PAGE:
Snow camp

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Snow Camping using Paragliding Rescue as Roof. By Tobias in January 2019

Our group camp. After five days, lines were not as taut anymore.
Happy Faces in the Snow Camp
Panorama of our snow camp.
Camp after we took off the parachute. It provided enough clearance for people to stand on the bench without touching the roof, and was outfitted with a kitchen table, a fair-weather outside kitchen, benches and lots of storage compartments.
The packed rescue. Volume can be much lower if you pack it nicely.
Tigging the plastic plant pot saucer contraption that closes the central ventilation hole
If part of your group is looking to find the camp (as was the case with us), having a colorful camp can be helpful.

A few years ago, fellow VOCer Flo and I, Tobias, moved away from Canada to live in Switzerland. This raised a lot of issues, for instance: how do you celebrate New Year's? There are tons of mountain huts with great backcountry skiing, but they are fully staffed, and have luxuries like cooked meals, heated dining halls and sometimes even warm showers. Even without considering the price tag of $100 per night, it was clear to us that we would not go for this option. After unsuccessfully trying to find an unserviced hut with nice ski touring options, we decided to snow camp instead. This article presents the type of camp we built for ~14 people. You can find the trip report at ubc-voc.com/tag/europe.

The centerpiece of the snow camp is the kitchen and living room area. Being 5m in diameter, and roughly 2m deep, it provides ample space for at least 15 people. A retired rescue parachute that paragliding pilots carry is used as a roof. Pitch this round parachute up using an extendable sun shade pole (2-2.5m in size) in the center. In order to have a comfortable camp, build benches around a circular table in the center. Sleeping pads to sit and lean on turn the bench into a cozy couch. Backpack-sized holes in the wall provide convenient storage space and help to keep the living room tidy and homey. And finally, candles placed everywhere inside the camp are an enchanting way of making the atmosphere romantic.

Using this type of parachute roof has several advantages:

  • Wind proof shelter. We experienced 50-60km/h wind gusts, and while the roof was flapping loudly, it was practically windless inside.
  • Rescue parachutes are not meant for regular use and are made out of lightweight fabric. A normal rescue parachute weighs around 1.5-3kg, some ultralight ones even below that. An extendable pole is also not too heavy.
  • With stoves running inside, and a few people, it feels considerably warmer inside than outside, especially if you add a tarp door blocking the entrance.
  • Rescue parachutes usually have flamboyant colors, so it's easier to find your camp in a whiteout.
  • On our five day trip, the snow camp was my highlight -- it is super fun to build, and it feels great to have a home as cozy as this.

When you obtain a parachute, there are a few things to consider:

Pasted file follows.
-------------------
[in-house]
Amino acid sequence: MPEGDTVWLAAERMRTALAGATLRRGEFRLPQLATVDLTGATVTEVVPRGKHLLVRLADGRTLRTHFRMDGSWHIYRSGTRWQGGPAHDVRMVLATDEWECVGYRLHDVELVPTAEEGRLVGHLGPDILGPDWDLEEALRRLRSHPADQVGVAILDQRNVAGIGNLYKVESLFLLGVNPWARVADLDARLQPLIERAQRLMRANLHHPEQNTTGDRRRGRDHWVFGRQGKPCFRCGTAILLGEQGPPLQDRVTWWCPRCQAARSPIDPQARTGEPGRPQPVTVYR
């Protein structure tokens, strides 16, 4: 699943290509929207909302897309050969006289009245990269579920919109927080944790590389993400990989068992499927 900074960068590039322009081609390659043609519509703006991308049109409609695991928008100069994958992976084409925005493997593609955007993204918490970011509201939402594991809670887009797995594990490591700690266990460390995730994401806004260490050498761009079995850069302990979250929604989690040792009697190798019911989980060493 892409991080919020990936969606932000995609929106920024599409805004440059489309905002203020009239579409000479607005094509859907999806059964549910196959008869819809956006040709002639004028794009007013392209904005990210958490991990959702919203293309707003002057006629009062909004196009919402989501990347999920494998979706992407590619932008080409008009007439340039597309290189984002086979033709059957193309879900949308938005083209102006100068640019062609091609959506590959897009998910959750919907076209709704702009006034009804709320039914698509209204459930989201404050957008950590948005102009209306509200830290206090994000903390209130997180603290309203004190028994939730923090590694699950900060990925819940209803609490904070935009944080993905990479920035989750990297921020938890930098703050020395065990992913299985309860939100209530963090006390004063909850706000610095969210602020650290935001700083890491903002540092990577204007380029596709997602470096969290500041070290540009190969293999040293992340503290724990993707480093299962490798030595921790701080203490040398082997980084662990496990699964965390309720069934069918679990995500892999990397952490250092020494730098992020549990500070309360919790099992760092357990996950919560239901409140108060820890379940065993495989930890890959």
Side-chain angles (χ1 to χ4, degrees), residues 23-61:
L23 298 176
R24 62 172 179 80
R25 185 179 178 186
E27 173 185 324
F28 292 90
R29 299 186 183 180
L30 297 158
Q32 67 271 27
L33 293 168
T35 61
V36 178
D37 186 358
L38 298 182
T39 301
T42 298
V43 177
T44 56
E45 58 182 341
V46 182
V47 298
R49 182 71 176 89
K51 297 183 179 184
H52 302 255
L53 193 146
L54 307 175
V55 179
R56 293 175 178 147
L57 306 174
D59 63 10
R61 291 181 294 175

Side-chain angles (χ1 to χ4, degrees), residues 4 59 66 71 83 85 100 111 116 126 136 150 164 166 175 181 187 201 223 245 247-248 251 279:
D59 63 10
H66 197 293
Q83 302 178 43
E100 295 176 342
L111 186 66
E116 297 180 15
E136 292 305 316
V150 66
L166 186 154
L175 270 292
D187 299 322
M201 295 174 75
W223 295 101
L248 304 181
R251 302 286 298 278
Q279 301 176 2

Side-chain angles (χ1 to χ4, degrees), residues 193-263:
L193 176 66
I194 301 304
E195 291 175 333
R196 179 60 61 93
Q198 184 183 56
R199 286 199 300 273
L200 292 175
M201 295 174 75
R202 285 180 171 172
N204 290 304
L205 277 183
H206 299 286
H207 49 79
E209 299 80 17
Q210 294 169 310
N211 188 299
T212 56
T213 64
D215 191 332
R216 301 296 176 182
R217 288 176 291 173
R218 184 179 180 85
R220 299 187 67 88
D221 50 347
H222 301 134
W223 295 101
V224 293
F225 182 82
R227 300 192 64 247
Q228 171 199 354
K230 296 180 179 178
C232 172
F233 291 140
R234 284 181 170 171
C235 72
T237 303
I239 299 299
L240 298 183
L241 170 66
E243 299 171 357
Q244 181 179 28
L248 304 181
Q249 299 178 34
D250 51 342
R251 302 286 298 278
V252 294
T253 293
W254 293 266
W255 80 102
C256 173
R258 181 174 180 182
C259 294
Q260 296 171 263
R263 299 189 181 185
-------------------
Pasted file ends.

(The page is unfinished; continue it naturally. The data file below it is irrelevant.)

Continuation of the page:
• A typical round rescue has a flat area of 30-40 sqm, which translates to about 20 sqm of usable living space. For 15 people, that's spacious. (For even bigger groups note that a tandem parachute has upwards of 60 sqm of fabric)
  • For circular camps make sure that it's a round parachute. The ones used by paragliders work best.
  • Round rescues of annular style have an opening in the middle. This is good for ventilation when cooking inside, but if warmth or protection from precipitation is the priority you can close the opening. We constructed a lid using a plastic plant pot saucer and attached it to a string so that we could vent whenever we wanted to. Your parachute may have other opening flaps, which you can sew up.
  • Parachutes make for great and cheap shelters. Rescue parachutes need to be retired after 10-12 years, even when they have never been used. Ask a local paragliding shop. We got a model from 1992 with awesome colors for free.

While parachutes make for wonderful camps, there are a few things to be aware of:

  • We didn't test how well the parachute performs when loaded with snow. If it is dumping, you will need to remove snow from the parachute on a regular basis, similar to when you are camping with a tent. Since its area is larger than a tent, this might be rather tedious.
  • If you expect very strong winds, build a small wall with snow blocks around the parachute. The parachute will be less exposed to the wind and parts of the snow drift will go around the parachute rather than on it.
  • It's questionable how water proof the fabric is. I would suggest to avoid rain.
  • You need to pick a spot with lots of snow in order to dig the pit. A snowdrift is a good location. However, wind might continue to deposit snow after you have built your camp.
  • Digging a 2m deep pit took four people around five hours. After you pitch up the parachute, it becomes much harder to expand the camp.
  • At night, temperatures inside will be almost the same as outside. Most people in our group decided to sleep in separate snow caves, which are warmer and have more predictable temperatures.
  • You don't get to have a nice view while you're sitting in the shelter. Don't forget to go outside occasionally to enjoy the view.

I hope to see more VOCers embracing this wonderful way of camping outdoors and look forward to their trip reports.